Sunday, October 14, 2012

A Day in New York

That Saturday—as fresh and blue-skied a spring morning as one could possibly want for a stroll up Fifth Avenue—I walked happily, block after block, a Jersey boy on a pilgrimage to the Upper East Side. I was twenty-four, an aspiring writer in whom certain tastes had already settled deep and firm: favorite author, Truman Capote; favorite band, Blondie; favorite artist, Andy Warhol. Warhol had died a year earlier, and now the much-anticipated Sotheby’s auction of his estate promised a public view of the artist’s massive and wildly eclectic accumulation of possessions, all of which would be on display prior to the auction itself. On display today, April 23, 1988; which was why I, a young man with no interest in auctions and no intention of bidding, was headed to Sotheby’s to seize a once-in-an-eternity opportunity: to walk through a momentary museum of Warhol’s acquisitions before their dispersal.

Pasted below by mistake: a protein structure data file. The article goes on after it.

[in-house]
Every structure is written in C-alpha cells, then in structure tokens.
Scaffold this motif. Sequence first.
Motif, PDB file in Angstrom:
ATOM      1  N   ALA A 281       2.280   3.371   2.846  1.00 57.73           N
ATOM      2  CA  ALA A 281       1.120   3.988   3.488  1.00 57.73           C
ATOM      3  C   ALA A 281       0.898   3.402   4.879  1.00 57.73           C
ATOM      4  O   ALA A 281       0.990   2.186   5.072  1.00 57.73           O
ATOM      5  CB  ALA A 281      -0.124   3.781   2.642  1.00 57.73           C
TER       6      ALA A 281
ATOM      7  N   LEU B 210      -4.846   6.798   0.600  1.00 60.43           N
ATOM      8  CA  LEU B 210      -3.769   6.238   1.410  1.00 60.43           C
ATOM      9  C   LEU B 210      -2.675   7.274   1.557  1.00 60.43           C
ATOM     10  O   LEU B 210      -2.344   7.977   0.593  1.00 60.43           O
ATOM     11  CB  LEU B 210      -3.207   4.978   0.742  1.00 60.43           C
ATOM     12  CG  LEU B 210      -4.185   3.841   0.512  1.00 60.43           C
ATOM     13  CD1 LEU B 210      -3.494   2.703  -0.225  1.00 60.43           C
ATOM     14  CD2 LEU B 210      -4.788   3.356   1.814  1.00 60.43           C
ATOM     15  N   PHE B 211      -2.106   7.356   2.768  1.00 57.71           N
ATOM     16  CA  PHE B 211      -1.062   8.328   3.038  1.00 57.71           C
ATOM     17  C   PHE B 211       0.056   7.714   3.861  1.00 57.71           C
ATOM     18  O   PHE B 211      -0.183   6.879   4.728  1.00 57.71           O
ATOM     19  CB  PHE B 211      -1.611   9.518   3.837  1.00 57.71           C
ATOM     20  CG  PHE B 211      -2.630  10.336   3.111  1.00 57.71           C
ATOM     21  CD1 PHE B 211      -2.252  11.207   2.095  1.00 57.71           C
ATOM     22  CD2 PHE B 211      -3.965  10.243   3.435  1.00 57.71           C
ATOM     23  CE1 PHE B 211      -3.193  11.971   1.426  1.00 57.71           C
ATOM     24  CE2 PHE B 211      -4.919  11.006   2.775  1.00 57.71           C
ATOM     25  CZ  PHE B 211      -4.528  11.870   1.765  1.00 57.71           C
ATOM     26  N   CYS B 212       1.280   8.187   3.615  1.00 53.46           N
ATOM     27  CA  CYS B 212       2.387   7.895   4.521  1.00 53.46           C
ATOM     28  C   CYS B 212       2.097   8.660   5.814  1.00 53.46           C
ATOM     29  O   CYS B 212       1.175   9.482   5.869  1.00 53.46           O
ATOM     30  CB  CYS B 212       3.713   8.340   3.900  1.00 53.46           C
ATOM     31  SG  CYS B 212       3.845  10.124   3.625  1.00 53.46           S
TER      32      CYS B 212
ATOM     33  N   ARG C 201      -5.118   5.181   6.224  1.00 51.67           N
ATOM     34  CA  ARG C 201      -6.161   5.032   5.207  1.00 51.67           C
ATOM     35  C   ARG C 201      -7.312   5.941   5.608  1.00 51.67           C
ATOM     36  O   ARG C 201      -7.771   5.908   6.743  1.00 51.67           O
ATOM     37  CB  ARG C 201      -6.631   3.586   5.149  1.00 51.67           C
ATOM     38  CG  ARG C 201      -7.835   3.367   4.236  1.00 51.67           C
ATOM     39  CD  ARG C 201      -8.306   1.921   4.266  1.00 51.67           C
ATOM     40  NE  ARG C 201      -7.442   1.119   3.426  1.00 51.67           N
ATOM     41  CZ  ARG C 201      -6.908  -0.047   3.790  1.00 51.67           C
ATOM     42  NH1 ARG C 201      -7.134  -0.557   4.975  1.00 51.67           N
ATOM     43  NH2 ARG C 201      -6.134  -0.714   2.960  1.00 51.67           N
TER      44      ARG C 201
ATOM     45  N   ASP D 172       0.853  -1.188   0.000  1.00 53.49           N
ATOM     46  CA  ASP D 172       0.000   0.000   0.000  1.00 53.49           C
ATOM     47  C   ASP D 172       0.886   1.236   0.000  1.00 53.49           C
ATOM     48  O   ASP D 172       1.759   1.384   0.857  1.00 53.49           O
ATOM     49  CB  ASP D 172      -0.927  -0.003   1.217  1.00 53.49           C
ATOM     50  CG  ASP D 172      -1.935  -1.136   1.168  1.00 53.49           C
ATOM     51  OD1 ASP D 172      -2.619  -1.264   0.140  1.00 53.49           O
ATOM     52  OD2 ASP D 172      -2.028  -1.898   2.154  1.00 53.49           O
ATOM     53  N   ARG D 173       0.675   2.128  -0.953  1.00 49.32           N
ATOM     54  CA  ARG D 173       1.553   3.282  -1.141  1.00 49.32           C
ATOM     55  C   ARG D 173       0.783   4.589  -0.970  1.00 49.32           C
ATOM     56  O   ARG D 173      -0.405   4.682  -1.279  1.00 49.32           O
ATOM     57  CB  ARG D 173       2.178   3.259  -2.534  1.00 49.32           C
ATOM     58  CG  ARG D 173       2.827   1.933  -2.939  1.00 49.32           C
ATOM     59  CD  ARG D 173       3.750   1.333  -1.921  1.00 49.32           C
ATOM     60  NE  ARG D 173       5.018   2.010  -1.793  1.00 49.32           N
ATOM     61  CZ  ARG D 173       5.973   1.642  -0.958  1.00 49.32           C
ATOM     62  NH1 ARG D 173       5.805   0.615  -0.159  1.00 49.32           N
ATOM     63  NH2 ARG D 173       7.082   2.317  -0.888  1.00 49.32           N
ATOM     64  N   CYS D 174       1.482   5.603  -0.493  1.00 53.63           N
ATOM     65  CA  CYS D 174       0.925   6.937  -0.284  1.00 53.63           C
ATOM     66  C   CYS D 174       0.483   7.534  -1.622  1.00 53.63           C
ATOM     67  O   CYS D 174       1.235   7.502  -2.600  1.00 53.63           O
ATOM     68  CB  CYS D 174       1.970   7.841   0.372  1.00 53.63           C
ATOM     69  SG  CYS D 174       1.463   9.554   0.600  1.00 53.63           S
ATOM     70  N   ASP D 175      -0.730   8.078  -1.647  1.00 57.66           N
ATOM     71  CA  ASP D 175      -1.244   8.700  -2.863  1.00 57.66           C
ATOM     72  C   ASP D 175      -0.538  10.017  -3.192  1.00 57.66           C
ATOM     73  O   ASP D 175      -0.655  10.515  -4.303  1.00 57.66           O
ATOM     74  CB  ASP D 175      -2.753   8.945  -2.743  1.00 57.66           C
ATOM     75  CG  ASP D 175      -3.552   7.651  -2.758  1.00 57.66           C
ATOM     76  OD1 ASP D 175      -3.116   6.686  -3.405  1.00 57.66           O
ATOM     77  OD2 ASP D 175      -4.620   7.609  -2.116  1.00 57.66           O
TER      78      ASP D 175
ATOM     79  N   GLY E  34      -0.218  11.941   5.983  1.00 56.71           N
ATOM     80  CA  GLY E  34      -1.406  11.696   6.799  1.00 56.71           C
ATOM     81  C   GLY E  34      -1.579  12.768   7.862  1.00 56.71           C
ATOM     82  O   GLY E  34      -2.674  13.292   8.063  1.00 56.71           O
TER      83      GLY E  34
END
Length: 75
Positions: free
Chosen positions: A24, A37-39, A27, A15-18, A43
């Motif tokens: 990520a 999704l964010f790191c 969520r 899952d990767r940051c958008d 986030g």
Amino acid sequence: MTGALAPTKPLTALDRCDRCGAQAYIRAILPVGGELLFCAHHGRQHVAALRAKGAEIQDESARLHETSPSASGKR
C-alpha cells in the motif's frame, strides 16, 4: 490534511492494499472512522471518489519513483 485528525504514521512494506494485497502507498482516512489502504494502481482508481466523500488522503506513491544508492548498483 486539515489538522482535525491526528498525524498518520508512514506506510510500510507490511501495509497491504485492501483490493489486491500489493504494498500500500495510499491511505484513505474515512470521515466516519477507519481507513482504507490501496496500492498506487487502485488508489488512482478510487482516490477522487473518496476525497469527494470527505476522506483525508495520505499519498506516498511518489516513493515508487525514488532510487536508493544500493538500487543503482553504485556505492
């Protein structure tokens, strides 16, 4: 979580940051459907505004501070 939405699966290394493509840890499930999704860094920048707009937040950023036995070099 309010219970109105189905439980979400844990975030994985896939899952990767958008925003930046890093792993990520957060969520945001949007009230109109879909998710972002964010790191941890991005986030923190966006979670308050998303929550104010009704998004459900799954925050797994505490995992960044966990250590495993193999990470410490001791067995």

“That painting looks like the Duchess.”

“Oh, she’d like that. She’s got a fascination with nudes.”

I did not recognize the speakers, but that bit of overheard conversation reached me as soon as I entered Sotheby’s and began milling about. Not far behind me, near the entrance, a television news crew was interviewing a handsome young gay man with a gigantic Mohawk haircut; he told them he was an artist and that his appearance was necessary to attract attention to his art, and he easily connected this concept to Andy Warhol, or perhaps to Warhol’s wig, I don’t recall which; but somehow between his presence and that stray remark of the friends of the Duchess (and was she a genuine Duchess? Or was that a nickname? Or was “she” a drag queen friend of Andy’s?), I felt that I’d stepped into Warhol’s world.